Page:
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## Re: org-mode export to (latex) PDF

 From: Juan Manuel Macías Subject: Re: org-mode export to (latex) PDF Date: Fri, 16 Jul 2021 18:34:44 +0000

Maxim Nikulin writes:

> I think that low level implementation in browser or in some underlying
> library is much faster
>
>     <dl>
>       <dt>LM Roman 12</dt>
>       <dd style="font-family: 'LM Roman 12'">abc абв…с</dd>
>       <dt>LM Roman 12, CMU Serif</dt>
>       <dd style="font-family: 'LM Roman 12', 'CMU Serif'">abc абв…с</dd>
>     </dl>

They are two different scenarios: web publishing and book typesetting
(Donald Knuth in the TexBook refers to TeX as: "...a new typesetting
system intended for the creation of beautiful books [...] you will be
telling a computer exactly how the manuscript is to be transformed into
pages whose typographic quality is comparable to that of the world's
finest printers"). LuaTeX, like the rest of TeX engines, is a highly
refined typesetting system, the digital evolution of the mechanical
printing press and the art of typographers. Its goal is printing press
instead of web browsers. All decisions regarding the chosen typefaces
should be taken before. When I prepare a book design, all those
decisions I take them before, and it takes time to test and calibrate
typefaces: choose the font family, or font family groups for certain
languages. Mixing fonts is not trivial for professional typography. This
is not the scenario you describe, nor is it necessary to ensure
readability in multiple browsers with "fallback fonts" for missed
glyphs. In TeX ecosystem it makes no sense (it can be done, anyway[1])
to add fallback fonts to ensure all characters are rendered by their
corresponding glyphs. I insist: they are two orthogonal scenarios and
two diametrically opposed design concepts.

If the font I want to use lacks certain glyphs, I can take various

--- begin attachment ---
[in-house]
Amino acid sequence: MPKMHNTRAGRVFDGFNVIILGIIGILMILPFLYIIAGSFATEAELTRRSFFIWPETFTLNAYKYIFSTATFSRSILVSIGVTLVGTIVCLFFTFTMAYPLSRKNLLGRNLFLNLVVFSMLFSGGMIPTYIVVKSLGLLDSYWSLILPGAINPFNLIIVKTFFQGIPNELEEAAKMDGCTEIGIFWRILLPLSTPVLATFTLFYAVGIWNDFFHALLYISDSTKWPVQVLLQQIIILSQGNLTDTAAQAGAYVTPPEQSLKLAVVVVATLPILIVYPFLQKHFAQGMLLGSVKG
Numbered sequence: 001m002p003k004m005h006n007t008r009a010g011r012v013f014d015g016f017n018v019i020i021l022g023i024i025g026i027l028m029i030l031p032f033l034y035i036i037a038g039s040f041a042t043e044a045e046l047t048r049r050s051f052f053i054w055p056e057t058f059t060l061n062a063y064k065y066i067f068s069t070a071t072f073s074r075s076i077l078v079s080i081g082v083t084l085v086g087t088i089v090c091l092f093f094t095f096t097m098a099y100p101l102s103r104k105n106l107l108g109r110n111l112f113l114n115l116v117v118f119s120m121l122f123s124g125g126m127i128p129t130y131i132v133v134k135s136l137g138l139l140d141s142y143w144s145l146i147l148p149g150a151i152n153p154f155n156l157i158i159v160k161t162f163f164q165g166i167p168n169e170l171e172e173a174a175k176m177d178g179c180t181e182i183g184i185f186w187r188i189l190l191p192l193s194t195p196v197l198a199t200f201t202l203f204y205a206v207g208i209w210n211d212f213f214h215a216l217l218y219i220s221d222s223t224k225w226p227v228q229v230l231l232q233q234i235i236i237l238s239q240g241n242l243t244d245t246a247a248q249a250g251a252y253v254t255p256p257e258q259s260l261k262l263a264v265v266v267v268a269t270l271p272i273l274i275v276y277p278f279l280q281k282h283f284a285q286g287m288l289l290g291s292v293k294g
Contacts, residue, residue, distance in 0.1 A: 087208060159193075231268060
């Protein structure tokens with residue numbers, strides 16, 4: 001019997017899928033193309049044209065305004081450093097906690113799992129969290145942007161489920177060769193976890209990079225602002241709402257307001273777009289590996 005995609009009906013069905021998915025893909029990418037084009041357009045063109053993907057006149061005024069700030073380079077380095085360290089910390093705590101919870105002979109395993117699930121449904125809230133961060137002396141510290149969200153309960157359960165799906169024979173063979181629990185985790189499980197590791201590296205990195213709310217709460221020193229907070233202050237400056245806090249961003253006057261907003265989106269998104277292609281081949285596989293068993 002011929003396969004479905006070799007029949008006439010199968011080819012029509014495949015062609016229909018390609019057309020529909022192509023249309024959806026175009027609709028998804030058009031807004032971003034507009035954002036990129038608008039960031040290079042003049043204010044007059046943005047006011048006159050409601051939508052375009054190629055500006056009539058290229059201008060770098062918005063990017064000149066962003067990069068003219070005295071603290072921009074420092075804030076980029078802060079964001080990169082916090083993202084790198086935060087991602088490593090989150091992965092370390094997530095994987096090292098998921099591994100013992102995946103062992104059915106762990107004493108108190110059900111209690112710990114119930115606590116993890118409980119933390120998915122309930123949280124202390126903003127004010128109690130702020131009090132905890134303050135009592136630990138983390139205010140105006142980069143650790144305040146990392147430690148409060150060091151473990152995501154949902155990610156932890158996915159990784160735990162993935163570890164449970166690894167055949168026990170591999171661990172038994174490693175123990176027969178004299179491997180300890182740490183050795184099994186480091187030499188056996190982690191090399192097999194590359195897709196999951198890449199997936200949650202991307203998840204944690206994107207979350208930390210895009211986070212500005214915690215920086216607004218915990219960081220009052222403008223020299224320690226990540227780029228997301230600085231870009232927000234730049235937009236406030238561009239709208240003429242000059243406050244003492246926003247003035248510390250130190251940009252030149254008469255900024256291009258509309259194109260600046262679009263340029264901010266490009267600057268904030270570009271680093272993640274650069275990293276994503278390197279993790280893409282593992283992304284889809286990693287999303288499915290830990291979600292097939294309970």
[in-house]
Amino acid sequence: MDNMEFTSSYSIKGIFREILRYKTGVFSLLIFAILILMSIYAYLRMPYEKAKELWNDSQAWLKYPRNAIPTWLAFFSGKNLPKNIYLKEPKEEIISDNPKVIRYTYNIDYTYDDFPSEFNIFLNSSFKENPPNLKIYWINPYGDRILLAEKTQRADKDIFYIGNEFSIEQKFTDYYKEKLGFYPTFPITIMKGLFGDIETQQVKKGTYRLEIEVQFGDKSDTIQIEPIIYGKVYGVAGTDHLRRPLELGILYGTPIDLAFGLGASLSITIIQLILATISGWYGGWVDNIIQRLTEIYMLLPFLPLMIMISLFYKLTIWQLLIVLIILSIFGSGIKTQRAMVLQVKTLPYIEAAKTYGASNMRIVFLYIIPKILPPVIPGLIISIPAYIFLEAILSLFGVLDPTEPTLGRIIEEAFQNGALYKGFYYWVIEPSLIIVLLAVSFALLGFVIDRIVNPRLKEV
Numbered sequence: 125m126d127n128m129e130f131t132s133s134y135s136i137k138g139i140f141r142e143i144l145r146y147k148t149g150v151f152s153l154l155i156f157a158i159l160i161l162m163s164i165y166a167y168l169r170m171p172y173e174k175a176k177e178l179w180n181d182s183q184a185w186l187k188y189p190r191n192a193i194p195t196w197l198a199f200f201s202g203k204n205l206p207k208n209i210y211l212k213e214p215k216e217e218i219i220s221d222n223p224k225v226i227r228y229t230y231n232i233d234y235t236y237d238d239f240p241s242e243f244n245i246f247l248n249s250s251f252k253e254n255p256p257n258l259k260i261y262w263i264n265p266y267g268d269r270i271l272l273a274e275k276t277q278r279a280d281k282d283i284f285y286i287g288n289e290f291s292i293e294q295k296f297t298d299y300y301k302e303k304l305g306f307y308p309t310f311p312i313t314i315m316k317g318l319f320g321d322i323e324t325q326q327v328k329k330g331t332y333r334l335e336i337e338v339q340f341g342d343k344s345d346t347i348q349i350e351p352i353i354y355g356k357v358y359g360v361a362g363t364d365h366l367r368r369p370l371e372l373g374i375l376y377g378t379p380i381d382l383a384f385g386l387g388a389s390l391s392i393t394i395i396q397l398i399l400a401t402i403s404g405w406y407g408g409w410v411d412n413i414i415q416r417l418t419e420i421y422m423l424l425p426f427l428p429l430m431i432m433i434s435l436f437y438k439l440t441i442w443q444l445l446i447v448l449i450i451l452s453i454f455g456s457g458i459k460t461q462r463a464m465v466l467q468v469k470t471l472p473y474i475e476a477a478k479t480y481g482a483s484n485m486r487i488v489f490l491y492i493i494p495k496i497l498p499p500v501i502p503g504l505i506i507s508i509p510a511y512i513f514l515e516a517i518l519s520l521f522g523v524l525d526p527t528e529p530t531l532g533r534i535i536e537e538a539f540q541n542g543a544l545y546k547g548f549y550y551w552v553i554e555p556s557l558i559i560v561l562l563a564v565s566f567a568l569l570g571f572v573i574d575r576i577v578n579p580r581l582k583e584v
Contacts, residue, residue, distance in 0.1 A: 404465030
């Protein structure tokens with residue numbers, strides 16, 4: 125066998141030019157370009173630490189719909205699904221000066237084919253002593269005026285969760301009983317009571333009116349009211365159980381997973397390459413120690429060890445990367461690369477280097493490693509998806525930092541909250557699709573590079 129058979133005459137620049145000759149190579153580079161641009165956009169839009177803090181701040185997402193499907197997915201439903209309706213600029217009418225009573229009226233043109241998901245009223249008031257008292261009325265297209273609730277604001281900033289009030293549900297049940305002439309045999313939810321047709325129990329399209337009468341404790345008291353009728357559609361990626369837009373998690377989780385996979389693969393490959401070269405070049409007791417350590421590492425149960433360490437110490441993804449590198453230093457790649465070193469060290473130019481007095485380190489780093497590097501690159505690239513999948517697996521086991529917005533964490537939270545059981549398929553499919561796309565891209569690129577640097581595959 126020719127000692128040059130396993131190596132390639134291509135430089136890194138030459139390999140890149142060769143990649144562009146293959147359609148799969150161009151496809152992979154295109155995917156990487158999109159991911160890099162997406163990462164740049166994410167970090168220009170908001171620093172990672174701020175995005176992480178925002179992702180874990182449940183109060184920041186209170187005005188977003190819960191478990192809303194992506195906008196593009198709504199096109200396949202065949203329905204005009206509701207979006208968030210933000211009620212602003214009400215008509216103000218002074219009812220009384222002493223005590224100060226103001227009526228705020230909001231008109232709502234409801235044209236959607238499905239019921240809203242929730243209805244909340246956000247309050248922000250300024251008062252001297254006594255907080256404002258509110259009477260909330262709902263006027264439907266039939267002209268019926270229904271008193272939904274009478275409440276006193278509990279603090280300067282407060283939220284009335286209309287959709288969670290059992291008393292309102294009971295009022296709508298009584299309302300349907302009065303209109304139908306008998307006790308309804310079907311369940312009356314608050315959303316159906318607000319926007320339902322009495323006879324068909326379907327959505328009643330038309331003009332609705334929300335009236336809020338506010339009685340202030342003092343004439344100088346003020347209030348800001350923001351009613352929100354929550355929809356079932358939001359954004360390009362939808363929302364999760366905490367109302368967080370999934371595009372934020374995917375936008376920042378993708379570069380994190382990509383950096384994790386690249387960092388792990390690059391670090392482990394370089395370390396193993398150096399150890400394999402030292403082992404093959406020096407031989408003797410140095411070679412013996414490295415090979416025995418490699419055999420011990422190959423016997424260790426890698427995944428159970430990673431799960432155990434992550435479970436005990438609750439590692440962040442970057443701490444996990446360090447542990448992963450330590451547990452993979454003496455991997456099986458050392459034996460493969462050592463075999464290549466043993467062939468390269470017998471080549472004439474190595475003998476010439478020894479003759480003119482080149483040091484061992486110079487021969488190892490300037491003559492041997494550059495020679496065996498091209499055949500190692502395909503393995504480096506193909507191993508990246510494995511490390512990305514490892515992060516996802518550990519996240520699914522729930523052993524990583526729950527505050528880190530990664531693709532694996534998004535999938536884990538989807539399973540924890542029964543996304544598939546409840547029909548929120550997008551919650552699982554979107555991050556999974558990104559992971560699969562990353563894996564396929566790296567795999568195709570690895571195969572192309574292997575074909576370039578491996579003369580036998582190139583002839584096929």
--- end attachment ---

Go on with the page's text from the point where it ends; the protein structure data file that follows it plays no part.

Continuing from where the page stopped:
decisions, depending on the glyphs I need. If I lack only certain
diacritics, often with some Lua code it is enough for me (some Lua is
also usually useful to adjust the position of combining diacritical
marks without editing the font with fontforge and add a 'mark' or
'marktomark' tag). But, generally, if a font doesn't have the glyphs I
need, I just don't use it. The same is true in the case of small caps.
If a font does not have small caps, you should never use those horrible
and illegible synthesized small caps from DTP programs ...

In LuaTeX and XeTeX you can define at high level, for example, your own
hybrid font families. If I want to use the GFS Porson as italics from
another font, a Didot typeface for example, I can do this:

\newfontfamily\mygreek{GFS Didot Classic}
[Script=Greek,ItalicFont=GFS Porson,ItalicFeatures={Scale=.90}]
\emfontdeclare{\itshape,\upshape}
\mygreek
γίγνονται παῖδες δύο, \emph{πρεσβύτερος} μὲν Ἀρταξέρξης

[1] If you want to have fallback fonts, you can also do it in
LuaTeX by adding some Lua code:
https://tex.stackexchange.com/questions/514940/define-fallback-font-for-missing-glyphs-in-lualatex

(anyway, I insist that combining glyphs is something you must
be done with care)

Best regards,

Juan Manuel



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